Customer Experience (when seen on 30.000 feet) has influence on customer satisfaction (Klaus, 2013) and Competitive Advantage (Vidili, 2021). Both have their own growth loop which converts the output of Customer Experiences into input for Profitable Growth. The customer satisfaction growth loop (left loop in figure 1) generates profit for the business by turning satisfaction into more engagement resulting in new sales and net retention revenue. The competitive advantage growth loop (right loop in figure 1) turns competitive advantage into profits by creating (new) market opportunities. Think about entering a new market by innovations etc.
The flywheel concept really takes off when the impact of CX on Profitable Growth is transmitted to investment and improvement of CX. See the two internal loops with employee empowerment and CX investment opportunity. The growth loops all together create the flywheel. One of the key characteristics of a flywheel is that once in motion, they are difficult to slow down.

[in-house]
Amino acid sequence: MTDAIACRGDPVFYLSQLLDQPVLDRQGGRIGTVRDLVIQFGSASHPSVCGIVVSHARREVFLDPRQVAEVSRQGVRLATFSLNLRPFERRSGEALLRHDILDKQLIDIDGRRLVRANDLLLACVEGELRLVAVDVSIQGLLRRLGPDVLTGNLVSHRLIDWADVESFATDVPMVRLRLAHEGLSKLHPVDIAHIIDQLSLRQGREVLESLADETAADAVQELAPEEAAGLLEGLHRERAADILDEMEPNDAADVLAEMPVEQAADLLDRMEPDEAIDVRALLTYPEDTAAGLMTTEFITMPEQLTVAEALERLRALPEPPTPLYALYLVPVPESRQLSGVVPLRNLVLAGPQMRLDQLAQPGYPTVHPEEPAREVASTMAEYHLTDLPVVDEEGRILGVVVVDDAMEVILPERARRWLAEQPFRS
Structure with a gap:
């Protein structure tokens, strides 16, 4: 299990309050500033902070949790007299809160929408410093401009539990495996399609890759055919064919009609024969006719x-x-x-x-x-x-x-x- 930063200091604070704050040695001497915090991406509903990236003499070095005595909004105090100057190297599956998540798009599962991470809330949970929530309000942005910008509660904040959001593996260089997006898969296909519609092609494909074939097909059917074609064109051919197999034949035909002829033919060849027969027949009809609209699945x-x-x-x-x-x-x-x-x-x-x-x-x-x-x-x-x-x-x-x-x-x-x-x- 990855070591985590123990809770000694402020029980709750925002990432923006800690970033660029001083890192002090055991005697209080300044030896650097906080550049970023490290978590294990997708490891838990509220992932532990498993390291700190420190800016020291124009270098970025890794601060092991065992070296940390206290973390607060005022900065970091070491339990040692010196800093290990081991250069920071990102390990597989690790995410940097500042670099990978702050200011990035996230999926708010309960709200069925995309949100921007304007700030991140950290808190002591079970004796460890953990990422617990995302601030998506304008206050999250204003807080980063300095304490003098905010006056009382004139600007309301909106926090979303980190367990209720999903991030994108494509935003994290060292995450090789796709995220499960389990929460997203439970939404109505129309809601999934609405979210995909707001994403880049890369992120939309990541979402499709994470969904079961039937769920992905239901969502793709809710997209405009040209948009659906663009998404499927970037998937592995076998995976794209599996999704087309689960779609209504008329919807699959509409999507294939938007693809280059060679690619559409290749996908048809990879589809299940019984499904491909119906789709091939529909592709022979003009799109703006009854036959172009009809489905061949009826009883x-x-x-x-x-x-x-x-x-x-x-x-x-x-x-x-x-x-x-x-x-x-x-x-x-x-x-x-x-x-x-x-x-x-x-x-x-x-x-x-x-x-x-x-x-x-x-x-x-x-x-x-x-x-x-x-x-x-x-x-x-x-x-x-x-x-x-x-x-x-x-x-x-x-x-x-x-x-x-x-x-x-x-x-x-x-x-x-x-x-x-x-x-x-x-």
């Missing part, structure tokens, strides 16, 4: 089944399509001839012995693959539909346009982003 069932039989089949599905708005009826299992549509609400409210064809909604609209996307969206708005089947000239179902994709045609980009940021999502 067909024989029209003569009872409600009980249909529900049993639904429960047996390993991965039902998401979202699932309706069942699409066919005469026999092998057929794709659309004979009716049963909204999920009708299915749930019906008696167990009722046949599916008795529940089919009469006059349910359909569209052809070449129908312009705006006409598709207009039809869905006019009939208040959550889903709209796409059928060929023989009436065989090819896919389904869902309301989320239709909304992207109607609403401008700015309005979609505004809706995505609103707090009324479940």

This raises the question, does this also apply to the CX Led profitable growth flywheel?
In line with my previous hypothesis, my answer is no. My last article was about Customer Experience Elasticity which reflects how a change in Customer Experience impacts Profitable Growth. My hypothesis is that when Customer Experience exceeds a certain threshold, the impact on profitable growth is lost. Although not empirically proven (which is work in progress), I argue that there is a momentum where the flywheel slows down and the impact disappears. See below my hypothesis shown in a figure where the impact of Customer Experience on Profitable Growth is flattening.